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Scottish nurse loses appeal in murders of four patients in England

Tuesday, December 22, 2009

St James's Hospital in Leeds, UK

A man from Scotland who killed four elderly women and attempted to murder a fifth while working as a nurse in England has lost his appeal. Colin Norris, 33, from Glasgow, gave his victims overdoses of insulin which sent them into comas.

Norris, who was struck off the nursing register following his convictions, was convicted in March last year of murdering Doris Ludlam, 80, Bridget Bourke, 88, Irene Crookes, 79, and Ethel Hall, 86, as well as the attempted murder of 90-year-old Vera Wilby. Only Wilby ever awoke from her coma. He was convicted by a majority verdict at Newcastle Crown Court and sentenced to thirty years to life in prison.

William Clegg QC, defending, told the Court of Appeal in London that the deaths at the General Infirmary and St James's Hospital in Leeds could have been caused by "severe spontaneous hypoglycaemia" causing "naturally raised insulin levels" in the patients. He said this possibility had never been properly investigated.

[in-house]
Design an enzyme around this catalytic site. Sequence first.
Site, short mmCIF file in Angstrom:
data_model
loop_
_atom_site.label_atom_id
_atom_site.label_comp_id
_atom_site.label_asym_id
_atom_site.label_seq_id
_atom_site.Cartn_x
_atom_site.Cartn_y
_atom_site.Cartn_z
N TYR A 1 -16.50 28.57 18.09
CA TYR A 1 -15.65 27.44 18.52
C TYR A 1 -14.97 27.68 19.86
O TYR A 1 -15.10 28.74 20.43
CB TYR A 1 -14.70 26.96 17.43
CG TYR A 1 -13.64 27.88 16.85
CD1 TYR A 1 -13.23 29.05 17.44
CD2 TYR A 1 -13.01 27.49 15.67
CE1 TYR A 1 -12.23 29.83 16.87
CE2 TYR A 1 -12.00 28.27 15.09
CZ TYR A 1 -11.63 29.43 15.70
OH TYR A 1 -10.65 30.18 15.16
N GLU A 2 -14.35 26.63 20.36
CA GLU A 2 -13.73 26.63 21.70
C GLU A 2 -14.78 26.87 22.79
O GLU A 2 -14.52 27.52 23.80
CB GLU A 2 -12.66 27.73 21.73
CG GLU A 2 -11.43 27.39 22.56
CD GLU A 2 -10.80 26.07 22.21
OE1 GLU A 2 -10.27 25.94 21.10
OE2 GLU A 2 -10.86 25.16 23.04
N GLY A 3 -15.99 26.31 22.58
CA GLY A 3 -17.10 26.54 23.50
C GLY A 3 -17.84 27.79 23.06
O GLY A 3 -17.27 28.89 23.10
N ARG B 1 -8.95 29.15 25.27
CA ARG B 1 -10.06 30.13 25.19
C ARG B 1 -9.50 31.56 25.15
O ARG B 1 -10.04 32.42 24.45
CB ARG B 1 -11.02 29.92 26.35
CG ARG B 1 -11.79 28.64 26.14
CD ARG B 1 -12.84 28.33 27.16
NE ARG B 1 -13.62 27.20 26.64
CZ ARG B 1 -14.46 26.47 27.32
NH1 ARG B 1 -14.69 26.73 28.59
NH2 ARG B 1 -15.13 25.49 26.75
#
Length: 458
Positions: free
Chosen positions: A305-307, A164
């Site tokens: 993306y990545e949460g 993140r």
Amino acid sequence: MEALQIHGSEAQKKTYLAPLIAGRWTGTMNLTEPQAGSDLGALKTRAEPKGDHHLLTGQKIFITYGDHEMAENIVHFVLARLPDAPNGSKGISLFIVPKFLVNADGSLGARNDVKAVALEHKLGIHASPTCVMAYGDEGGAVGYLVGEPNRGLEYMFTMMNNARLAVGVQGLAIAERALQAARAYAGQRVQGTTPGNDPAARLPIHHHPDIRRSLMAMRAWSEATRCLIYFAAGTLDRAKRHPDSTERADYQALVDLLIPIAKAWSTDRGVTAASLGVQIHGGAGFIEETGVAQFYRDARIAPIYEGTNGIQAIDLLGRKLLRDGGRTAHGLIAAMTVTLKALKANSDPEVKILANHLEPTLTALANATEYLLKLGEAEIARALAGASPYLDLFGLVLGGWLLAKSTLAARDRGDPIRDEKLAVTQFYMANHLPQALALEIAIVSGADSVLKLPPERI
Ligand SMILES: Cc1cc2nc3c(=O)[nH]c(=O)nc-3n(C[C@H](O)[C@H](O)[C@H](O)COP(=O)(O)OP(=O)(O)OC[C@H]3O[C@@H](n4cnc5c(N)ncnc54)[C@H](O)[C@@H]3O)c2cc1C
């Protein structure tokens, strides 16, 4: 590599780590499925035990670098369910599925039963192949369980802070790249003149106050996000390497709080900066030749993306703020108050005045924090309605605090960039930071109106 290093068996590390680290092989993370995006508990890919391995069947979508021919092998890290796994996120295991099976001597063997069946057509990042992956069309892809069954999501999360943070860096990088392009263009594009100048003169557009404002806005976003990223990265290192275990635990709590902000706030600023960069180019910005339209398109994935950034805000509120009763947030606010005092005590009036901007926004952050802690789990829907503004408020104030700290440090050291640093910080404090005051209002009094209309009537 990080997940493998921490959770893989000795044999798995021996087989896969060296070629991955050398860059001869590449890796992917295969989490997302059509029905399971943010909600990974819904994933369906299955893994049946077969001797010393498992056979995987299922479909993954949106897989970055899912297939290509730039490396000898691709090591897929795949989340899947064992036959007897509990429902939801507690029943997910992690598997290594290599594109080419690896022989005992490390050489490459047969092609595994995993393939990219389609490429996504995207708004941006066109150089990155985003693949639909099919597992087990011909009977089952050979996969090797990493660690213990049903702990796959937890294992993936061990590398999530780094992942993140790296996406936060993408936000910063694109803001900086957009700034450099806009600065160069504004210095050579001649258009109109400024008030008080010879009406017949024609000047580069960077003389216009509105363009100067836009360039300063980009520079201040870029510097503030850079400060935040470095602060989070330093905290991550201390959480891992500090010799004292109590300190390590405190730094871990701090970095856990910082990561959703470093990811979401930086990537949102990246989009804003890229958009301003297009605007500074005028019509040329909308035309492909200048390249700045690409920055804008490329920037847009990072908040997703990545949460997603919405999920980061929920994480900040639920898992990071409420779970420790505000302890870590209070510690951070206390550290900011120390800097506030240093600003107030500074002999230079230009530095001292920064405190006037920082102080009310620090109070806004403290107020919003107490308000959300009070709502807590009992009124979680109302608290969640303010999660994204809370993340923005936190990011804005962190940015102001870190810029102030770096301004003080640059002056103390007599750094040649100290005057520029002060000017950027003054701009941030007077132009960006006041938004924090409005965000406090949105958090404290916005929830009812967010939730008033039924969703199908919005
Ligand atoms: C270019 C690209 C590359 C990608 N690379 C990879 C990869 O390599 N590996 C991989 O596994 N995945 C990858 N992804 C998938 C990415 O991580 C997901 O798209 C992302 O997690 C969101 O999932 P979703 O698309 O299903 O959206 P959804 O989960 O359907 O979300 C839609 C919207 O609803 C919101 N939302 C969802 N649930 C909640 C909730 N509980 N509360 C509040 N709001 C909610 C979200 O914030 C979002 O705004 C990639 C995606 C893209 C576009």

Clegg also challenged Mr Justice Griffith Williams' summing up to the jury in the original trial. However, having also heard arguments from the prosecution, given by Robert Smith QC, the panel of judges did not agree. Lord Justice Aikens stated that the judges directions "cannot validly be criticised" and went on: "We reject both grounds of appeal. The case against the appellant was very strong indeed. We are quite satisfied that the convictions... on all five counts were safe. The appeal is dismissed."


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